Guire will portray Anthony Ander-
son, and Mary Jayne Wheeler will
appear as Judith Anderson.
Other persons in the cast include
Edward Vandenberg, Harriet Risk,
Kenneth Chernin, and George Cox.
"The Devil's Disciple" takes place
in New England during the Revo-
lutionary war era. The plot involves
Colonial and British troops.
Tickets for the play will be placed
on sale at 10 a.m. Monday at the
theatre box office. Tickets will be on
sale all week.
Famine Drive
Collections Due
Funds from house collections for
the Famine Relief Drive are due froAli
8 a.m. to noon tomorrow at the
Famine Committee table in the lobby
of the League.
The directors of the drive have
requested that funds be submitted
in sealed envelopes on which the
name of the contributing house is
clearly written.

Former Daily Man

win going away.
Schalon Is Tops
Top club in the Michigan golf bag
was unheralded Ed Schalon who tied
for thid place with a brilliant 302.
Schalon rated fifth on the team, and
since only the first four men count
in the play-offs, was to have gone
to Minneapolis just for the trip. The
quiet freshman was warm Friday
when he carded a 156 total, but yes-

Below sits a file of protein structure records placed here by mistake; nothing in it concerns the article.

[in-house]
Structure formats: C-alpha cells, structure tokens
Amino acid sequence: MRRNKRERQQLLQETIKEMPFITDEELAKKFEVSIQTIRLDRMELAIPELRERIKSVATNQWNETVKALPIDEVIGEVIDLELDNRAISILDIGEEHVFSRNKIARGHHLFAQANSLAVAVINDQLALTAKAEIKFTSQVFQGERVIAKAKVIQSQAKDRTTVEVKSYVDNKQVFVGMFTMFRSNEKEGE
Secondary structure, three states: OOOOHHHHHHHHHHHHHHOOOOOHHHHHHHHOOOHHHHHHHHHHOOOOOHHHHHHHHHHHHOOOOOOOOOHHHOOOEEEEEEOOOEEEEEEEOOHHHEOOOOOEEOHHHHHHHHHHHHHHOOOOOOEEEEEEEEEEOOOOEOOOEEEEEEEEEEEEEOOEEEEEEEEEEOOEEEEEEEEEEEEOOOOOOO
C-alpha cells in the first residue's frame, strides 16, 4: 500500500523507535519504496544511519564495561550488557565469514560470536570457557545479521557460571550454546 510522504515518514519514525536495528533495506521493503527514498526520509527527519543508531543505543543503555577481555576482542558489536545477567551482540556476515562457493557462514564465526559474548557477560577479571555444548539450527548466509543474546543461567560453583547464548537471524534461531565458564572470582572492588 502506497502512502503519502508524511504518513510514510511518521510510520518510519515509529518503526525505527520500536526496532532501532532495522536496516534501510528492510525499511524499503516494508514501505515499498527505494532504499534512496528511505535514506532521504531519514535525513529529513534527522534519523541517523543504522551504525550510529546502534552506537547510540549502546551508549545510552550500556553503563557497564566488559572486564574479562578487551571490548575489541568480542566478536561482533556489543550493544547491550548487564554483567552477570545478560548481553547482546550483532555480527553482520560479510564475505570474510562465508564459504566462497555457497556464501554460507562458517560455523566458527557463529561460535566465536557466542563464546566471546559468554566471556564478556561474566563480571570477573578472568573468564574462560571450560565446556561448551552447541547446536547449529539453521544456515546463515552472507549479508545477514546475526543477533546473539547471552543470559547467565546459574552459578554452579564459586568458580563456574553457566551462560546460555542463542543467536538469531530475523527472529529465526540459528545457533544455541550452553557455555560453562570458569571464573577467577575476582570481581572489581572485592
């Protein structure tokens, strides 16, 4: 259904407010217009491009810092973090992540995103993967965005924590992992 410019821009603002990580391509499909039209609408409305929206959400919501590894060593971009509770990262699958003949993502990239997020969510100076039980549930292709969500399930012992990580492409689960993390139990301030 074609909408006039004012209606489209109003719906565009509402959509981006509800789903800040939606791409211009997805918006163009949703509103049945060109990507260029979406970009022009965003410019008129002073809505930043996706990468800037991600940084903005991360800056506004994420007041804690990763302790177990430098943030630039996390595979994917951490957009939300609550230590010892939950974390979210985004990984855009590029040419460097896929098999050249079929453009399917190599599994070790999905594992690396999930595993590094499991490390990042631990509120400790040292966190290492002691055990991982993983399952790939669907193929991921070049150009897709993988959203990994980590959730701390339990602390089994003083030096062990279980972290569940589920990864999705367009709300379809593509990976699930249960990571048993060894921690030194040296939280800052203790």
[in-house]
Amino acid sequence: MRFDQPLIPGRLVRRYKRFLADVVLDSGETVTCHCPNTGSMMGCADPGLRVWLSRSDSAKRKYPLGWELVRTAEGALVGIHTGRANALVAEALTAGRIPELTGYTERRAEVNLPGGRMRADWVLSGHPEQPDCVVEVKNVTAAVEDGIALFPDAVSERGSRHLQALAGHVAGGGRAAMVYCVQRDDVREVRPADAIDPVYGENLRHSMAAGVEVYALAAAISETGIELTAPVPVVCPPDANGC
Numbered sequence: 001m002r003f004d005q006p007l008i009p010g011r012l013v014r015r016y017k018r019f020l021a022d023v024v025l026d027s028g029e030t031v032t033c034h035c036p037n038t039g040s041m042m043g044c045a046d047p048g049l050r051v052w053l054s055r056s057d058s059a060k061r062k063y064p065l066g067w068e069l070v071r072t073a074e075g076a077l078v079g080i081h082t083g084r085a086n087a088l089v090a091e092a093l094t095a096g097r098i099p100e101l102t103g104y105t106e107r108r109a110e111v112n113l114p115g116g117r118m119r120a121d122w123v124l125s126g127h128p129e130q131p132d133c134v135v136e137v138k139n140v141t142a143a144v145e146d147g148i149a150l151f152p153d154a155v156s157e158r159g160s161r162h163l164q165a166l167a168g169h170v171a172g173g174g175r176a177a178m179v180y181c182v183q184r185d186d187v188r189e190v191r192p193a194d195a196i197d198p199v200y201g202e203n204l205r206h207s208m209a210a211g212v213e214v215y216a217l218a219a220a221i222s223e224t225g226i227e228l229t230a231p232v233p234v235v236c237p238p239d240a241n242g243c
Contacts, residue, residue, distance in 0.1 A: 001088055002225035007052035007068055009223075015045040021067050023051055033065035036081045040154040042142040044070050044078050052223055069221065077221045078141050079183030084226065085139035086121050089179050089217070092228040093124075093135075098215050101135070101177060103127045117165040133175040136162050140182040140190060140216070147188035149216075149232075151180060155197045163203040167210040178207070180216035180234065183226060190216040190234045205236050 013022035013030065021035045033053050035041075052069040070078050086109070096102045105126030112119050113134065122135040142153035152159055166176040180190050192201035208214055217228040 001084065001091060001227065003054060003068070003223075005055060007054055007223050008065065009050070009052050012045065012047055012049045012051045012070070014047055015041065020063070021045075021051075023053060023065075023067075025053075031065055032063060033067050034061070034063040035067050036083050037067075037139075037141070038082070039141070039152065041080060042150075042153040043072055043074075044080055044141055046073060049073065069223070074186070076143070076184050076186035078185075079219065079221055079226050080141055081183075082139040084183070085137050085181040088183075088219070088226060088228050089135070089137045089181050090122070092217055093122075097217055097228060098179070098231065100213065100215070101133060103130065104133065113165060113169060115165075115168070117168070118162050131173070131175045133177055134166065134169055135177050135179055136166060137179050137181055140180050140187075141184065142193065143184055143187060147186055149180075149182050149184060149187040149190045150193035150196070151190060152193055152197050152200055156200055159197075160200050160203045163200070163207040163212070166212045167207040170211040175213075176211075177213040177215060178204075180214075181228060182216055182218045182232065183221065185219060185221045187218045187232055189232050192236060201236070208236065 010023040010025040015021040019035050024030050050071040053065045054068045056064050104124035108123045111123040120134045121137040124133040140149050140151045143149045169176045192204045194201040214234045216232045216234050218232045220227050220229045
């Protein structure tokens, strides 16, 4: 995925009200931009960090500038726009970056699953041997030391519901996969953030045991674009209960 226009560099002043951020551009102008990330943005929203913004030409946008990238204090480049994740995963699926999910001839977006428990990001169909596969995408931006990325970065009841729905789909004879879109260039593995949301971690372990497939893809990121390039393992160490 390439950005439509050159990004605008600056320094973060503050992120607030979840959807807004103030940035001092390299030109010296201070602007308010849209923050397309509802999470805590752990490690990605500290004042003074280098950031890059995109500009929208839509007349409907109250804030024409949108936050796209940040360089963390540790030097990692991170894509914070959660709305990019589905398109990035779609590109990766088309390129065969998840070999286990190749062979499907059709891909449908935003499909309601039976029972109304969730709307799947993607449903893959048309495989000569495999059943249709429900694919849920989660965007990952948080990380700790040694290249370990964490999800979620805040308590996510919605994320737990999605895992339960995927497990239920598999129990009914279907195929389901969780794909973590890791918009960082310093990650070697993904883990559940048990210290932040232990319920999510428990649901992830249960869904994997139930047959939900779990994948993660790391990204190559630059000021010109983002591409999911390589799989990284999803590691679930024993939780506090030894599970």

terday he sizzled with a 73-73-146
Jacob Is Medalist
Only medalist John Jacob of Iowa
had a better day's output. His 73-71
gave him a 294 and the individual
Big Ten championship. Manny De
LaTorre of Northwestern took run-
ner-up honors with 299. Minnesota's
Jrvis Knutson, leader of the first
day's round, slipped to a pair of 77's
to wind up in a third place tie with
Par for the course is 71, but ex-
treme cold kept allfbut Brooks Pin-
nick of Indiana from cracking it.
The Hoosier rammed home a 70 but
his morning round of 82 and 163
Friday left him far down the list.
When the arm-chair experts try
to explain the upset, they'll have to
give team balance credit for decid-'
ing the meet. Dave Barclay, Pete
Elliott and Bill Courtright all shot
306, good enough only for an eighth
place tie, but put together with Scha-
See GOLF, Page 6
Pope Pius II
ives Views
On Elections
VATICAN CITY, June 1 - (P) -
Pope Pius XII in a world broadcast
on the eve of critical Italian and
French elections, declared today that
the voters would choose between "the
champions or the wreckers of Christ-
ian civilization," and urged church
followers to reject the spirit of "state
Peace Prospects Reviewed
Reviewing the prospects for peace
a year after the war's end, the Pon-
tiff said "the first sure and decisive
step toward a just peace has not been
taken," and warned that present in-
ternational instability might lead to
'a violent explosion."
"How premature, not to say illu-
sory, appears today the hope that all
men of responsibility, without ex-
ception, in view of the lessons taught
them in the bloody school of war,
would show themselves really ani-
mated by a deep horror of all ideas
of despotism, of every attempt at
forcible domination of other peoples,"